Calling the situation up front as being in "a state of flux," Bellotti indicated that Cole Linehan, 6-4, 295 is making a serious challenge for the starting spot ahead of Michael Speed, 6-4, 270. A couple of faces that could also see a lot more action this week are Tonio Celotto and Simi Toeaina.

During the media conference, Bellotti made a slip of the tongue when he first said that Tonio Celotto and Simi Fili would see increased playing time. He meant to say Simi Toeaina. Fili was one of the two U.S. Army All-American defensive tackles that signed letters of intent to go to Oregon but was unable to enroll. After realizing his error, Bellotti corrected himself but one has to wonder if that was some sort Freudian slip. Fili, standing 6-5 and weighing in at over 330 pounds could have eased a lot of concerns about the Duck defensive front with his near 500-pound bench press. However, Fili is not on the Duck roster nor is Myles Wade, the other defensive lineman that was unable to enroll, so the Ducks have to play with who they have.

Celotto was impressive during the Houston game and it was very apparent that his bench press of 440 pounds helped in developing his upper body strength. Last week, Celotto was one of eight true freshmen to see playing time and while Bellotti said that Celotto would see increased action, the other freshmen probably won't see any more time than they did against Houston. Barring injury of course.

During fall camp there were times that Toeaina made some on the sideline forget all about Fili not making it into school. Toeaina passes the infamous eyeball test with his physical presence standing 6-4 and weight 305 pounds. However, he is a player that lagged behind in defending against the spread offense that the Duck practice everyday. Perhaps against a more conventional running offense, Toeaina's bulk and strength will be more than adequate in making up for some of his technical deficiencies. If there is a big pile where a hole should be, the running back has to run someplace else.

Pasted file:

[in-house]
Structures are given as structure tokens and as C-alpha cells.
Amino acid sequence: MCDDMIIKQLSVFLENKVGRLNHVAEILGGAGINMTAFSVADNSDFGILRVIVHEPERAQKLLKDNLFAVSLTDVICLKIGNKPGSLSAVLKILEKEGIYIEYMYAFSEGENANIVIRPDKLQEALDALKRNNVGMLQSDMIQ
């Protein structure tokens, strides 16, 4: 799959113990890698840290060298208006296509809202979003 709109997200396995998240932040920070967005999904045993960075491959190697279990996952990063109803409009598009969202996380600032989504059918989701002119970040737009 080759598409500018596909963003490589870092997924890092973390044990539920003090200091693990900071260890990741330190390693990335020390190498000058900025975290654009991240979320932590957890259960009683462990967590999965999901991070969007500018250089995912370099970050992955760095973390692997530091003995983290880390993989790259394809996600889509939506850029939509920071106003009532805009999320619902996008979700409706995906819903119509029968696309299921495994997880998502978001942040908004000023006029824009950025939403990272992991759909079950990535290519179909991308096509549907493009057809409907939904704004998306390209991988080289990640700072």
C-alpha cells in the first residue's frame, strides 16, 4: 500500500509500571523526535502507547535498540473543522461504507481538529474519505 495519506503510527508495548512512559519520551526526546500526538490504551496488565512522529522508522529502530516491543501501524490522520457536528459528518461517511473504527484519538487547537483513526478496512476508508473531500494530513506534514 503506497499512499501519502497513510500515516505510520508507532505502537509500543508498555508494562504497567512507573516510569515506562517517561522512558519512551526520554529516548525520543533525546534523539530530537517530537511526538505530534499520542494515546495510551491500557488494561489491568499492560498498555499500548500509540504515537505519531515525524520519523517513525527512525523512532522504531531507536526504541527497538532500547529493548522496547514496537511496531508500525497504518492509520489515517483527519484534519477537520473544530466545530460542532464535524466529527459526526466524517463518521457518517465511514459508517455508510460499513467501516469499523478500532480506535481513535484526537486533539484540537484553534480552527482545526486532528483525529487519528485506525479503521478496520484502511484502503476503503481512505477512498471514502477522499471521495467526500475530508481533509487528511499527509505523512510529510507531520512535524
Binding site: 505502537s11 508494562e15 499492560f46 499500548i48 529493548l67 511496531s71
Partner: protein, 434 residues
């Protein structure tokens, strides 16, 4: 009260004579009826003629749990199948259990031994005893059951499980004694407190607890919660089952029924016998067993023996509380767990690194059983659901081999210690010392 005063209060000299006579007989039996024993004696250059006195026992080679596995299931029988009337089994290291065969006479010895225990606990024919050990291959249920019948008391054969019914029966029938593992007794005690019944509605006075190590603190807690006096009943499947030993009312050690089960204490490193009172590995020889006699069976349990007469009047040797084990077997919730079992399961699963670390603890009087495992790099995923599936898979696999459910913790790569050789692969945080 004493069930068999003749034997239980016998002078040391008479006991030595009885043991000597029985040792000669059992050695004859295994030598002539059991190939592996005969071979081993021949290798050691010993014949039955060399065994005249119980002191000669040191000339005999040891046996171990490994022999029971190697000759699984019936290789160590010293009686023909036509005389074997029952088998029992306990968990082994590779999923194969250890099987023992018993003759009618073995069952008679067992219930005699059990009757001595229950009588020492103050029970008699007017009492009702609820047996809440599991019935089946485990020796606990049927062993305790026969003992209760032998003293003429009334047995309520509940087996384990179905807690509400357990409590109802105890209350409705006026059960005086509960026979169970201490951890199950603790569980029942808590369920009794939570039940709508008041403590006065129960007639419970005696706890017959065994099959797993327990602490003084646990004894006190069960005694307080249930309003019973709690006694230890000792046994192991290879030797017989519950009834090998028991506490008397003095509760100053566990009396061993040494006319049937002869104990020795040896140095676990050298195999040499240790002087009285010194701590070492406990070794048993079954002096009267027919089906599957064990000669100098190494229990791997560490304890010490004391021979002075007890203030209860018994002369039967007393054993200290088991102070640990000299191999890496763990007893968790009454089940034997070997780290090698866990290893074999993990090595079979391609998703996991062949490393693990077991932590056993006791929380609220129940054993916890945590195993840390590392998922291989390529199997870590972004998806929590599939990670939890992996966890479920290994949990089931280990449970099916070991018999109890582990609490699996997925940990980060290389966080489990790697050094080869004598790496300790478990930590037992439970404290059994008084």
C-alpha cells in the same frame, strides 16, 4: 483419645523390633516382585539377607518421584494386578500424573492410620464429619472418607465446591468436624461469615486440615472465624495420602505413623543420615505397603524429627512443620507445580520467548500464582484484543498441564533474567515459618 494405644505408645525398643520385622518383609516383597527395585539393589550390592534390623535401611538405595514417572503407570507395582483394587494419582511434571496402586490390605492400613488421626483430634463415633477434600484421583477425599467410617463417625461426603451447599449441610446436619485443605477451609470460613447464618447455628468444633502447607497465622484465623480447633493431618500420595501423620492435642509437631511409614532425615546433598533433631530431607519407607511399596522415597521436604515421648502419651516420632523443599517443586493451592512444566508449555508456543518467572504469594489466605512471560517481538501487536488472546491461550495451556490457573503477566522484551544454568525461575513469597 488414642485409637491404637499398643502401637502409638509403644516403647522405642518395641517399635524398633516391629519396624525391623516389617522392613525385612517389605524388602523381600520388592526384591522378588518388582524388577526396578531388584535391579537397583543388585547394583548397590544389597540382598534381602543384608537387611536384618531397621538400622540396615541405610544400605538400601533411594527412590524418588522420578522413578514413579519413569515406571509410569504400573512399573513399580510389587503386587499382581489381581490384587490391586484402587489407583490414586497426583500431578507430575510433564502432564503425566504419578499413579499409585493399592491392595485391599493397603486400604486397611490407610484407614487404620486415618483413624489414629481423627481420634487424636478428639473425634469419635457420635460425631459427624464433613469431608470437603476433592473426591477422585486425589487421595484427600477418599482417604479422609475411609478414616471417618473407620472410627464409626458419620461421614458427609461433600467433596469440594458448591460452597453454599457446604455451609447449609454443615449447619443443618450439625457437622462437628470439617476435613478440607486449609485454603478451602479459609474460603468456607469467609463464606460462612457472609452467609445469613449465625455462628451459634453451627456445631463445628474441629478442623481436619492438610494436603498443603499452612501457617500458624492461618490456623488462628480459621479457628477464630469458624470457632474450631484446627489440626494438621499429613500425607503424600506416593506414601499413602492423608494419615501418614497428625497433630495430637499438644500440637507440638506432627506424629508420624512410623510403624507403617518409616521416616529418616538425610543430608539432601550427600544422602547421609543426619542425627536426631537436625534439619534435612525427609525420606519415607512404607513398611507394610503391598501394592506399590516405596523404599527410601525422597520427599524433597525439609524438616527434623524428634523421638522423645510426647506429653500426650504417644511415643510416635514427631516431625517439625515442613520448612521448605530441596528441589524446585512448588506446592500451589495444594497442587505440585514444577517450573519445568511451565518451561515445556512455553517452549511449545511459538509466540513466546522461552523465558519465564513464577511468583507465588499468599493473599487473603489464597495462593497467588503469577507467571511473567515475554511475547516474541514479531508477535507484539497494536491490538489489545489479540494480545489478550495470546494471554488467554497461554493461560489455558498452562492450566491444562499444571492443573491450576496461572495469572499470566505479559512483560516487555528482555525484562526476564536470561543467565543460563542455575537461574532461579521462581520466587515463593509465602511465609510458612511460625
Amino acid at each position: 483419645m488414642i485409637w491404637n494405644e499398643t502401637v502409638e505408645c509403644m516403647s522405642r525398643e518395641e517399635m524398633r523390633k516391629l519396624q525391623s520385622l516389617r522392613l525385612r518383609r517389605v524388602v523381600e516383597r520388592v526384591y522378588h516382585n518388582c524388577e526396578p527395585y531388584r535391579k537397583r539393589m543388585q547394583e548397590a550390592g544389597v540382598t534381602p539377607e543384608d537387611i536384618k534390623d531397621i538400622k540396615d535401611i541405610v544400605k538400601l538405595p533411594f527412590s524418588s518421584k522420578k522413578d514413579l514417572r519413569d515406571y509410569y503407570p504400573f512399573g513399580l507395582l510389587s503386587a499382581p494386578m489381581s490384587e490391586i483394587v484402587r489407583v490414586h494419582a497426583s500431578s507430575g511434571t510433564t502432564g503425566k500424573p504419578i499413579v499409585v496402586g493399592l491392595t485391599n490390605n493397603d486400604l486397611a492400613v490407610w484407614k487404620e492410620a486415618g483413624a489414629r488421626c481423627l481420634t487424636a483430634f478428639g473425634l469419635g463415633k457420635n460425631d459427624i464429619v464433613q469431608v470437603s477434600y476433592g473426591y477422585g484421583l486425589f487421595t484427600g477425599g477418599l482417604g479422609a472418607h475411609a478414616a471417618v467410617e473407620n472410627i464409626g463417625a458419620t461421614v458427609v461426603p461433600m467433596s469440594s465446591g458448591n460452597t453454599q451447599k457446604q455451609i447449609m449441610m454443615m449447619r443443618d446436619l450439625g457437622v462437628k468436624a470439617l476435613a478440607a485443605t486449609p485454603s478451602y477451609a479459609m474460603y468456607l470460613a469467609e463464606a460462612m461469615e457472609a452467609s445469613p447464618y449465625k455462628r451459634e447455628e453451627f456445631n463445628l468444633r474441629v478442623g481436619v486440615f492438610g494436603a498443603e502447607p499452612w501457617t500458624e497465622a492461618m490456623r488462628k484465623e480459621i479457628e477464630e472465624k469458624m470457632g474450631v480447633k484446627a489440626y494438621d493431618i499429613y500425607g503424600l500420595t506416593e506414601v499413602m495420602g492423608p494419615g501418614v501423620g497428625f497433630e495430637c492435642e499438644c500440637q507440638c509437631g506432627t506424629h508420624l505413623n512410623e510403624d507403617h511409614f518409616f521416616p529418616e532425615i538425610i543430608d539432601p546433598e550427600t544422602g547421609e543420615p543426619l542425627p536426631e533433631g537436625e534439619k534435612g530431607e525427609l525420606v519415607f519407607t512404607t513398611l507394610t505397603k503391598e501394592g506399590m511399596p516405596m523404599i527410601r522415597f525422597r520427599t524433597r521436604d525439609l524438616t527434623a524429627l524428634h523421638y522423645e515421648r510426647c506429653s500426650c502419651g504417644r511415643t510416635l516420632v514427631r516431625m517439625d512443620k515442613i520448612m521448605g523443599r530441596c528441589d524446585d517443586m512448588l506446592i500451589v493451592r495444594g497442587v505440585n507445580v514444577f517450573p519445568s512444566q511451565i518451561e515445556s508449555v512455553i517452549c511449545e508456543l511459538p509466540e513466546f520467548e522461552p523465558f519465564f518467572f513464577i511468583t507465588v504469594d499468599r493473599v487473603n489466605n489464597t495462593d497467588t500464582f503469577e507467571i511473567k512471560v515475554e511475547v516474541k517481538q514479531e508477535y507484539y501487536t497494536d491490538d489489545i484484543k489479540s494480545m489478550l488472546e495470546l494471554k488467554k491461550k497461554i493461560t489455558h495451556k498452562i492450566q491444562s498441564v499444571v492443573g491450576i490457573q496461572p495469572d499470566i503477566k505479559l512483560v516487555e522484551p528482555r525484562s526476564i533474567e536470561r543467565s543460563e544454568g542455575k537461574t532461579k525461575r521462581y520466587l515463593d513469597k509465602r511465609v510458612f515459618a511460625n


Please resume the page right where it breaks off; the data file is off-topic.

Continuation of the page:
Some other things that the Ducks are working on this week in correcting mistakes from last week are in the proper alignment and better tackling technique. Bellotti thinks a lot of the mistakes were a result of the Houston game being the season opener and the team was at times a bit tentative in nature. This week though the Ducks will have to regain the aggressiveness they had in fall camp if they want to be successful in Ann Arbor.

Size, stature, physical explosiveness at the line of scrimmage is how Bellotti described what was necessary for the Ducks up front defensively. Starting Linehan and bringing in Celotto and Toeaina will help the Ducks effort, provided the rest of the defense is disciplined and uses their considerable athletic ability in helping the big guys up front stop the Michigan attack at the line of scrimmage. Bellotti went on to describe the task a mental-physical challenge and that may be as big an understatement as the Appalachian State win being an upset.

"We have to stop it," Bellotti said simply of what the Ducks' have to do against the Michigan running game.